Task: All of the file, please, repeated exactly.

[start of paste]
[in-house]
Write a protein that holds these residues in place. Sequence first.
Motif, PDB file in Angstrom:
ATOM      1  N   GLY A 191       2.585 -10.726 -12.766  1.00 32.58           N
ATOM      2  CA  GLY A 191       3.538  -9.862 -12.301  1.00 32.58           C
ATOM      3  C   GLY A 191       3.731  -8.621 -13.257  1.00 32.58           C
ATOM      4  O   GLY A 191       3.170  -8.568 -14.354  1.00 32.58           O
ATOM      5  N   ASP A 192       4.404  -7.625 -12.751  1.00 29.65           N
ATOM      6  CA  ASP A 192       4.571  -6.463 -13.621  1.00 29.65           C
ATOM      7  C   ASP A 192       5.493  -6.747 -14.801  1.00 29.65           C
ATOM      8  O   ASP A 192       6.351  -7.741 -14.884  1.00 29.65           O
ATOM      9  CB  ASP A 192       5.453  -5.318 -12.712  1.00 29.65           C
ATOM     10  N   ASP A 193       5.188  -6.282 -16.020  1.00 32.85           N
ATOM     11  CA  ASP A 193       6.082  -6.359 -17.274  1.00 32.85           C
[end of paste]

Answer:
[in-house]
Write a protein that holds these residues in place. Sequence first.
Motif, PDB file in Angstrom:
ATOM      1  N   GLY A 191       2.585 -10.726 -12.766  1.00 32.58           N
ATOM      2  CA  GLY A 191       3.538  -9.862 -12.301  1.00 32.58           C
ATOM      3  C   GLY A 191       3.731  -8.621 -13.257  1.00 32.58           C
ATOM      4  O   GLY A 191       3.170  -8.568 -14.354  1.00 32.58           O
ATOM      5  N   ASP A 192       4.404  -7.625 -12.751  1.00 29.65           N
ATOM      6  CA  ASP A 192       4.571  -6.463 -13.621  1.00 29.65           C
ATOM      7  C   ASP A 192       5.493  -6.747 -14.801  1.00 29.65           C
ATOM      8  O   ASP A 192       6.351  -7.741 -14.884  1.00 29.65           O
ATOM      9  CB  ASP A 192       5.453  -5.318 -12.712  1.00 29.65           C
ATOM     10  N   ASP A 193       5.188  -6.282 -16.020  1.00 32.85           N
ATOM     11  CA  ASP A 193       6.082  -6.359 -17.274  1.00 32.85           C